A lipoma is a ‘fatty’ lump that commonly occurs under the skin. It occurs in 1% of the population and is the commonest tumour arising from soft tissue with equal incidence in male and female sex. A lipoma is a non-cancerous lump though in extremely rare case lipoma has been described to transform to cancerous lump called ‘liposarcoma’. There is no convincing scientific evidence to support this. In the collective experience of over 60 years of our group and after removal of over 1000 lipomas we have not seen a single malignant (cancerous) lipoma. A lipoma can occur in any part of the body but are common on limbs, shoulder and the back. It is normally slow-growing and painless and presents as a soft lobulated lump under the skin. The size can vary from under a centimetre to more than 10 centimetres in size. Occasionally lipomas can be multiple and may even run in the family. Multiple lipomas should be distinguished from a rare condition known as neurofibromatosis which is also present with multiple lumps under the skin, but these originate from nerve endings.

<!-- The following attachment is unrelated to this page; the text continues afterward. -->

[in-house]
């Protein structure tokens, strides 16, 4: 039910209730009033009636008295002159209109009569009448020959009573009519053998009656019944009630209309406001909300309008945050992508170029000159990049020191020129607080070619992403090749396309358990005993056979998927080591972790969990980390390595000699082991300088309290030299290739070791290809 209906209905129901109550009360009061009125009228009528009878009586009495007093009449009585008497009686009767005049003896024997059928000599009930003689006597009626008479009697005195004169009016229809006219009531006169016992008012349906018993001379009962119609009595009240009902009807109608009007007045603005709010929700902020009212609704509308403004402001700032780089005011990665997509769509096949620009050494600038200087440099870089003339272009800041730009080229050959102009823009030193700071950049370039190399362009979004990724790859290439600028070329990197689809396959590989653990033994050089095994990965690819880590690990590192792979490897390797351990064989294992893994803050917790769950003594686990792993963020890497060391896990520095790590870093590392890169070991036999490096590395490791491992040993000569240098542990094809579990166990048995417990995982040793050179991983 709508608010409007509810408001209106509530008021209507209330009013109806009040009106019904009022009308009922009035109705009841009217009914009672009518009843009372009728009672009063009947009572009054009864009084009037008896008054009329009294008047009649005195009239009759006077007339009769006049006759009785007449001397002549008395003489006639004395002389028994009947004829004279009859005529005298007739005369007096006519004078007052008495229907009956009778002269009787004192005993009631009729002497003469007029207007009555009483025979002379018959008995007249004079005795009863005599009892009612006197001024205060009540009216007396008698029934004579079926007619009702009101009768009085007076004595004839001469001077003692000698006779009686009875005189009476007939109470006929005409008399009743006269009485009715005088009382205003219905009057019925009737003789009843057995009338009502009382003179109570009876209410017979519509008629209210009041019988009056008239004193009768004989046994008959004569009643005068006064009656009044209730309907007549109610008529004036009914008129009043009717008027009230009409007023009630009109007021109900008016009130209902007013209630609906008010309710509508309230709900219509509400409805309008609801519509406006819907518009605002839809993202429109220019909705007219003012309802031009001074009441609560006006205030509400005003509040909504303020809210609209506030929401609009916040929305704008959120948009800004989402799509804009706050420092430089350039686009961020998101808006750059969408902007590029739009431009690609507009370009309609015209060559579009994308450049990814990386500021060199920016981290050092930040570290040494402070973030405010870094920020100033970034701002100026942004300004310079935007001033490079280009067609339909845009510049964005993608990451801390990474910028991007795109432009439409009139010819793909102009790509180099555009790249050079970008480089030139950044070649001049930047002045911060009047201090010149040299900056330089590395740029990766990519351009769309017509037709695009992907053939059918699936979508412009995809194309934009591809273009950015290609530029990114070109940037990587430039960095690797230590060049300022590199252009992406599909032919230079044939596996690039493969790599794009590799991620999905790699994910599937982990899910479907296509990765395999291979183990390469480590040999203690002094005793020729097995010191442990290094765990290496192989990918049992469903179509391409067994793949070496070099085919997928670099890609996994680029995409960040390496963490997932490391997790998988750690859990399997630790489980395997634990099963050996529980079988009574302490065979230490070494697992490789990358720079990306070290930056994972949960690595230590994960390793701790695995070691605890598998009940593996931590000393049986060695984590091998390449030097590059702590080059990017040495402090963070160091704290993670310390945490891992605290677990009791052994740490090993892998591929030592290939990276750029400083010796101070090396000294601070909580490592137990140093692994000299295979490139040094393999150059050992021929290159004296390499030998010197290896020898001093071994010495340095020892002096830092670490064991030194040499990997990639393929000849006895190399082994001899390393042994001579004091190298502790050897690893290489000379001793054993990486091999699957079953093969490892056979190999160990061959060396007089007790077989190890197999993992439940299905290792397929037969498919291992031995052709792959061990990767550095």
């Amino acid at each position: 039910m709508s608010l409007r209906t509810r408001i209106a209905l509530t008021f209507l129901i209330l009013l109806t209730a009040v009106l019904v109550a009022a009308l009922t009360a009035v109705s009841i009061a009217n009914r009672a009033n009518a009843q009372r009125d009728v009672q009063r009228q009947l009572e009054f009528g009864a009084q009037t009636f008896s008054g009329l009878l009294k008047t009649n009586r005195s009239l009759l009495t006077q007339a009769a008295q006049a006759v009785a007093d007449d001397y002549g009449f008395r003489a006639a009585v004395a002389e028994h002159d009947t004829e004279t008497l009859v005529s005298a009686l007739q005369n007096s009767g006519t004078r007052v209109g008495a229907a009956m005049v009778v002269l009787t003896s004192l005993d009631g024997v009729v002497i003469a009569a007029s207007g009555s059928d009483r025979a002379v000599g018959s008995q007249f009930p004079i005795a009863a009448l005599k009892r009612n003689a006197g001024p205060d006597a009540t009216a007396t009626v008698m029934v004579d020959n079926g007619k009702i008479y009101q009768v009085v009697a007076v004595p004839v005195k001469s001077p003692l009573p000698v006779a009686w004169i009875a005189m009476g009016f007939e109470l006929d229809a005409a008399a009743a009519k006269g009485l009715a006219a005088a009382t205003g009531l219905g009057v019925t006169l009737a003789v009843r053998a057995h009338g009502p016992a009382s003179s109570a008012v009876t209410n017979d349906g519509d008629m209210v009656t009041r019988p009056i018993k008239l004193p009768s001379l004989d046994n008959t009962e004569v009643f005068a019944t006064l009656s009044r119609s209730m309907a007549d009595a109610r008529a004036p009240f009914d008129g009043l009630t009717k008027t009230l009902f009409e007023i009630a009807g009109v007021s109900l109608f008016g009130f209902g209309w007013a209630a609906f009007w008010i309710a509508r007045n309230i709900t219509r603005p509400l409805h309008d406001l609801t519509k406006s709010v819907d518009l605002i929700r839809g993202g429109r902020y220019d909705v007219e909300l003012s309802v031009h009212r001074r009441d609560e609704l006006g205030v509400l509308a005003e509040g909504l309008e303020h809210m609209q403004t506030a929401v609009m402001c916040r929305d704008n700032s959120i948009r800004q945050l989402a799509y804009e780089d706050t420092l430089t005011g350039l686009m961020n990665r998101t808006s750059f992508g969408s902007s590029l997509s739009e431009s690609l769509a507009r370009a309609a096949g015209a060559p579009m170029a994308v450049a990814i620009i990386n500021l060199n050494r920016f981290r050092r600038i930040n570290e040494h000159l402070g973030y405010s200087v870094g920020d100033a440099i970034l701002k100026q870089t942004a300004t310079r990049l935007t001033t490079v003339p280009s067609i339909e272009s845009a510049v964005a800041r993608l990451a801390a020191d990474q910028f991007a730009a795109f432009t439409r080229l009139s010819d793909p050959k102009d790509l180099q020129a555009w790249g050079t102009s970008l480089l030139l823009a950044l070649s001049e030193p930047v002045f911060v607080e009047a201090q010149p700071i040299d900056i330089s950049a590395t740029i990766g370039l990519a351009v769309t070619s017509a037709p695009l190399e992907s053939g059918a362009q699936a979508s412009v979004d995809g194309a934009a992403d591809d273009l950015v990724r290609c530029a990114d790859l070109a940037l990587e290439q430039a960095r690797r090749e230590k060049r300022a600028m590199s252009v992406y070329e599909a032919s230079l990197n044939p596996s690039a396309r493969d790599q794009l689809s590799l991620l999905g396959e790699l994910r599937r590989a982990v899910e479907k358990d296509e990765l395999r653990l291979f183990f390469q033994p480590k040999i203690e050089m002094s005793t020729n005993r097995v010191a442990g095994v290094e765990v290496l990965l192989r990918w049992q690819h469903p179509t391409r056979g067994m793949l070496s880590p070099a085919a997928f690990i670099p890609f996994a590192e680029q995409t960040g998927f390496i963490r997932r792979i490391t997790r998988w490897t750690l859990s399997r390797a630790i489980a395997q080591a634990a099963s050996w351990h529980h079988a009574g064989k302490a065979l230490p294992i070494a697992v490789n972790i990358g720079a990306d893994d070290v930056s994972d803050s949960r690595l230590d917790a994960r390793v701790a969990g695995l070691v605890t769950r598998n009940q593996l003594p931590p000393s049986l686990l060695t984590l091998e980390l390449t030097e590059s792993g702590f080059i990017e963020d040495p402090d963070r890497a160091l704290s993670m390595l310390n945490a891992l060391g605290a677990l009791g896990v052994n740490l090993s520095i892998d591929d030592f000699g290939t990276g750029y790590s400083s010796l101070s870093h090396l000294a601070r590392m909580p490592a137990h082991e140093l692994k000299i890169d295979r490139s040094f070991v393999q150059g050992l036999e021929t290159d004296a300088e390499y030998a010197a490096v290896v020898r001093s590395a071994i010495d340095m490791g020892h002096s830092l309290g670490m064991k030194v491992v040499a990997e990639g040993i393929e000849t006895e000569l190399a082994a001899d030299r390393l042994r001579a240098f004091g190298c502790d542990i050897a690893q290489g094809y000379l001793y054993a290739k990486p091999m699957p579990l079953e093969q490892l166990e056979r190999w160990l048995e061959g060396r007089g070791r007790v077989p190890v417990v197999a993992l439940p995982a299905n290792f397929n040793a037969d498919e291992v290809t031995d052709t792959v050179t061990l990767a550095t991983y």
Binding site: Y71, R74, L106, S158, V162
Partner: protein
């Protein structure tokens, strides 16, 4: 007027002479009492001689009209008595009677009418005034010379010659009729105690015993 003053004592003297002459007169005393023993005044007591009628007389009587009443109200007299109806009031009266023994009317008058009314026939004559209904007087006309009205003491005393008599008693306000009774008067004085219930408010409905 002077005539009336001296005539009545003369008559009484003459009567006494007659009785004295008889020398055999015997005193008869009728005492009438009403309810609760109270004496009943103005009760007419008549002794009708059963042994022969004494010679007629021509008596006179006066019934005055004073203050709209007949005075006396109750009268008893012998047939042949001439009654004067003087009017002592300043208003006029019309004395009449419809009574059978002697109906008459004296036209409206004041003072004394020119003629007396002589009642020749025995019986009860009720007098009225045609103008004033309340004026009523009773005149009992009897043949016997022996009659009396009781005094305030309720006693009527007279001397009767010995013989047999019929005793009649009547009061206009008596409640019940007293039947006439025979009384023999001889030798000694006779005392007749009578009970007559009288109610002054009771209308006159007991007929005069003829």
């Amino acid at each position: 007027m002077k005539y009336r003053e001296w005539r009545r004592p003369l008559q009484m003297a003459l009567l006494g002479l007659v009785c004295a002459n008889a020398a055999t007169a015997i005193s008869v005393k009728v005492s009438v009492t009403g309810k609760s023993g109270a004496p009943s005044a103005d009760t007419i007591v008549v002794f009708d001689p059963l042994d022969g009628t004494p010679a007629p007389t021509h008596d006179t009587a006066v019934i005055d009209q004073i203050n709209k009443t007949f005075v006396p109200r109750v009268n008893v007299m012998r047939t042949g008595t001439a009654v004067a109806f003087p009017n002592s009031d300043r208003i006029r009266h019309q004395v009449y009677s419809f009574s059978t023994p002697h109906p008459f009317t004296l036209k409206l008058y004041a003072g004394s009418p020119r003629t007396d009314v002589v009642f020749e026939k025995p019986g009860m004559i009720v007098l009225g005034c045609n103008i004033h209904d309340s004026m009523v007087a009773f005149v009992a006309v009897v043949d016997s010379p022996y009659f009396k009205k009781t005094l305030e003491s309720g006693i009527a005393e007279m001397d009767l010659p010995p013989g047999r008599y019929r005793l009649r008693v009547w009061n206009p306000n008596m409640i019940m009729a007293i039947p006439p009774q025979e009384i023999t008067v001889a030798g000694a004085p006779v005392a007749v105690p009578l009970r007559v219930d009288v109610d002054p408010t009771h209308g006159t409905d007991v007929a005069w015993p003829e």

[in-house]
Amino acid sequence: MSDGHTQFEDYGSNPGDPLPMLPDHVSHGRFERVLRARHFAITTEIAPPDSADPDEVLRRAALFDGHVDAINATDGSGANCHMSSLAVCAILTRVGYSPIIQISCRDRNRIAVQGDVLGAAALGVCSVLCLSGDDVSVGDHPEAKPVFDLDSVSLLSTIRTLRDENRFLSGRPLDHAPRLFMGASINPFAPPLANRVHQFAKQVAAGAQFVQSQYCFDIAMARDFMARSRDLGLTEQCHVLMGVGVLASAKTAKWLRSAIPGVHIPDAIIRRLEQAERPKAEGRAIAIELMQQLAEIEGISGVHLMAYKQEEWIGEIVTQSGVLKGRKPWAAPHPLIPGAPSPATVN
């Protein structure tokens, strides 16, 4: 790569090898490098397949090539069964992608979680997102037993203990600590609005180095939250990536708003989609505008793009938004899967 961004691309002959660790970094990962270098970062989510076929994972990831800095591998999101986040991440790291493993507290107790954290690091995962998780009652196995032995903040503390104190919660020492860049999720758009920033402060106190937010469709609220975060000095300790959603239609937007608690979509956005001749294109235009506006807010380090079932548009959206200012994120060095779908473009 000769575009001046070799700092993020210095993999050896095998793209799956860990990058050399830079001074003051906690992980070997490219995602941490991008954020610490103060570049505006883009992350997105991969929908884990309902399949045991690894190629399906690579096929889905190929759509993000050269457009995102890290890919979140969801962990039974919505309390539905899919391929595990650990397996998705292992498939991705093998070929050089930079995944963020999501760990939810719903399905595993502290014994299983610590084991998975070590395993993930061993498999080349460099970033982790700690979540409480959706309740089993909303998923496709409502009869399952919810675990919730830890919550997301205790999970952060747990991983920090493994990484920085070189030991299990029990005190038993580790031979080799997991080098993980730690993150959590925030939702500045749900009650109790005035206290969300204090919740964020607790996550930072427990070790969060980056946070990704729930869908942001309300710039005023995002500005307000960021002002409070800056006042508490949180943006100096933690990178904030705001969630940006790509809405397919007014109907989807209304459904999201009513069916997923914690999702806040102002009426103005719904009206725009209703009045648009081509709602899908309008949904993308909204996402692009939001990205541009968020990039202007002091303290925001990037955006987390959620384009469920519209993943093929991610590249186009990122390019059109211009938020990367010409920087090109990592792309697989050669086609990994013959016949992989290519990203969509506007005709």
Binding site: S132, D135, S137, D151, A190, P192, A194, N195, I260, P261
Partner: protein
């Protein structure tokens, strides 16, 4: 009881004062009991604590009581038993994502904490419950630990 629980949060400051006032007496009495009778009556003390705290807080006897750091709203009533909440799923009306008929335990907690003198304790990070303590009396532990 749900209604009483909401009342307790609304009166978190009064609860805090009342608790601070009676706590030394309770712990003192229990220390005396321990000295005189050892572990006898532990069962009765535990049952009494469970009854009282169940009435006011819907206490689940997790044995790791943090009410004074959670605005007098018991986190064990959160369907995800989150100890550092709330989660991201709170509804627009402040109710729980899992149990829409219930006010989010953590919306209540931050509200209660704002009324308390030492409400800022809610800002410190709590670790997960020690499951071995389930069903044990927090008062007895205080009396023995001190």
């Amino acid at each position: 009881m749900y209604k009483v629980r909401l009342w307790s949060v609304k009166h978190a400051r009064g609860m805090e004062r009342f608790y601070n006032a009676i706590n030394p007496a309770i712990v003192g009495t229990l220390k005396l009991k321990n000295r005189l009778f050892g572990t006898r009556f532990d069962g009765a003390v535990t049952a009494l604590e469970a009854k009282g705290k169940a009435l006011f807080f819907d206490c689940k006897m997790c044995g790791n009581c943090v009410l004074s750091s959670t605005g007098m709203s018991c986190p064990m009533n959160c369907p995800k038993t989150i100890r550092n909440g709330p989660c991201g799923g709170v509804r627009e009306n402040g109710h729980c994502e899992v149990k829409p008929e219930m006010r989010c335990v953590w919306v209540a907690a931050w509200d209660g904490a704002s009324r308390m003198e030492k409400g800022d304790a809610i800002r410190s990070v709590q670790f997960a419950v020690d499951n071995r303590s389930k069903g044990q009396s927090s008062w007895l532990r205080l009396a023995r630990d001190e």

Lipomas can also occur in other locations of the body such as muscles, stomach, and intestine. These rarely cause any clinical problem and are outside the scope of this information
Lipomas are usually removed for cosmetic reasons. Other indications for removal include: pain (rare), rapid growth, hindrance in carrying out daily activity and concerns about malignant transformation.
Excision of lipoma is a straightforward day case procedure that can be performed under local anaesthetic. The patients are able to go home after a few hours and can normally return to work immediately. The skin is sutured using a dissolvable stitch that does not require removal. Occasionally skin glue is used to close small wounds after surgery.
The wound is checked after a few weeks following the surgery. No further follow-up is normally required if the healing is satisfactory.